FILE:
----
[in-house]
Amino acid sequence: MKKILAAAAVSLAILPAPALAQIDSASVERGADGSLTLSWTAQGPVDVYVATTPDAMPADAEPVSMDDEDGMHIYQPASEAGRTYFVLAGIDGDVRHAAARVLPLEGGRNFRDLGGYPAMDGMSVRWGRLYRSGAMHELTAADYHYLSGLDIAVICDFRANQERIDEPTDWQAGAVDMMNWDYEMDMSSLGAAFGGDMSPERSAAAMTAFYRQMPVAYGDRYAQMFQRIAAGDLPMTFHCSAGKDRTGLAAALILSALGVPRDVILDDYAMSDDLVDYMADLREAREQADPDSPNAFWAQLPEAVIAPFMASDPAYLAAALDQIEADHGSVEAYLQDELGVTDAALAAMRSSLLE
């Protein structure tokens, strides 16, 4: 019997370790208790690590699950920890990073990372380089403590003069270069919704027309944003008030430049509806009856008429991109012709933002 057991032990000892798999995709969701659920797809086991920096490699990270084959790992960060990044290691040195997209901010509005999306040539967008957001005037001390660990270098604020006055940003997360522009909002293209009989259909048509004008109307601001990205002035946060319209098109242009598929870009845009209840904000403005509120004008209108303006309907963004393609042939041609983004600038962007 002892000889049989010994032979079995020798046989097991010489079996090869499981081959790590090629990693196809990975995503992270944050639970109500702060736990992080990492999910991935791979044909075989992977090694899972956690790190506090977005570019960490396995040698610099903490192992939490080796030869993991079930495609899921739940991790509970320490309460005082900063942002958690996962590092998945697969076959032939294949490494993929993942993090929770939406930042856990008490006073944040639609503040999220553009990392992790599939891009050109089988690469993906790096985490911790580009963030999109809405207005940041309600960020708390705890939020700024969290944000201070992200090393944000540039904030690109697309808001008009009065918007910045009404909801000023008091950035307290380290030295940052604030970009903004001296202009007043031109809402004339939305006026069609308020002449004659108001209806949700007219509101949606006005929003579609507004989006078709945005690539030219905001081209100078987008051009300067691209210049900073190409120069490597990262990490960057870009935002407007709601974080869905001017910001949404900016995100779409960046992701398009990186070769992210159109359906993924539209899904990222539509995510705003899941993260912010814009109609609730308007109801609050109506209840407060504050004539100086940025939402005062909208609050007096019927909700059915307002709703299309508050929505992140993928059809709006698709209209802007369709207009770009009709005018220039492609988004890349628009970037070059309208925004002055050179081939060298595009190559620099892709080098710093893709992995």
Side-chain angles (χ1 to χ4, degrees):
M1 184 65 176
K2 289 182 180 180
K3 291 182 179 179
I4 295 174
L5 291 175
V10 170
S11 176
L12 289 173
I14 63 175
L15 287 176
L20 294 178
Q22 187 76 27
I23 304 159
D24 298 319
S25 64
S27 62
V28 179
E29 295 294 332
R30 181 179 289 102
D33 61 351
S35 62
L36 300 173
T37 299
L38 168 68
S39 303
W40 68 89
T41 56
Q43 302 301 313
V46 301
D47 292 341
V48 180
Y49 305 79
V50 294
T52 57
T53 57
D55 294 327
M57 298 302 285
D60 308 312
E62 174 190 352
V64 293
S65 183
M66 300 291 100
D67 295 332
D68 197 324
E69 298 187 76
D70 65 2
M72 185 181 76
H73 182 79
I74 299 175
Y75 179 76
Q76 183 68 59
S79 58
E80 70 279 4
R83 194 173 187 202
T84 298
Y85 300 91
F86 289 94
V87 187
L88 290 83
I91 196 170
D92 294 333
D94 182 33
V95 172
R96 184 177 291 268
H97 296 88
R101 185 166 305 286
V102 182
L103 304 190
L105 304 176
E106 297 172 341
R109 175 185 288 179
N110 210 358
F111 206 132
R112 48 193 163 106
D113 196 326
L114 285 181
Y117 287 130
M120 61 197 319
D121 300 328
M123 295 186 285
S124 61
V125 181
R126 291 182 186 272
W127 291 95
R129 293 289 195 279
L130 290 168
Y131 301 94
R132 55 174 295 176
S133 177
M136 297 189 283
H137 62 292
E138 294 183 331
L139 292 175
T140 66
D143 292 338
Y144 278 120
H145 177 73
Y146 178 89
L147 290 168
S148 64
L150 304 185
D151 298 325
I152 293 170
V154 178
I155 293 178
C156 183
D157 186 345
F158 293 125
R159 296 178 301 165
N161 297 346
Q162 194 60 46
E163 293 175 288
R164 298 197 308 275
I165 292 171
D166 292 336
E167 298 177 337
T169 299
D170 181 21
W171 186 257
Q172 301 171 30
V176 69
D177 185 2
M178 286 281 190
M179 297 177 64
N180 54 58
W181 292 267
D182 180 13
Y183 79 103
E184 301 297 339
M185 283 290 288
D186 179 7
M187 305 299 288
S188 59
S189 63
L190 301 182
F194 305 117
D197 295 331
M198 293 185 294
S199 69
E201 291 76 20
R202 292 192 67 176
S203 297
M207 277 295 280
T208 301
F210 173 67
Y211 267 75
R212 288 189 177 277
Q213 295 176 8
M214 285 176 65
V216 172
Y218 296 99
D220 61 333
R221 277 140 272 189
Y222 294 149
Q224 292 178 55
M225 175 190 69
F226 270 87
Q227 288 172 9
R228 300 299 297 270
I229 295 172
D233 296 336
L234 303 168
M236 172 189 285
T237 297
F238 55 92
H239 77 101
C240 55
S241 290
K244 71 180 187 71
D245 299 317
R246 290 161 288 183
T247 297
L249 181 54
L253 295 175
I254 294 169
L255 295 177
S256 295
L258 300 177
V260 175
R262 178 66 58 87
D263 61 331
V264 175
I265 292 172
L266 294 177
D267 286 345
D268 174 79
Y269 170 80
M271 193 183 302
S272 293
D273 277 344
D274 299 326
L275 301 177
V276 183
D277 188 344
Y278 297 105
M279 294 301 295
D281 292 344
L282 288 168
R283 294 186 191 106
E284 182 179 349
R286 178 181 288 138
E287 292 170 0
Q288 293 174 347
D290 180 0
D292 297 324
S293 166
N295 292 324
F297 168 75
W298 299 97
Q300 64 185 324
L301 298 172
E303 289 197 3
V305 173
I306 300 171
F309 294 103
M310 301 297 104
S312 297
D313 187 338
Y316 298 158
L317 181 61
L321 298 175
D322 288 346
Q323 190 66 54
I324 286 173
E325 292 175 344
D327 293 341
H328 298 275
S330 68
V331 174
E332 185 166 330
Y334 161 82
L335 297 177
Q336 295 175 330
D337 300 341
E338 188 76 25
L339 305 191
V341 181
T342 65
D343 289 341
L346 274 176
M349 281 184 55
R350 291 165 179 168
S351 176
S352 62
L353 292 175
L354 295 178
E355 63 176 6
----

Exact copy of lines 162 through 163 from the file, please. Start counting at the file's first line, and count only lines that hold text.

Q227 288 172 9
R228 300 299 297 270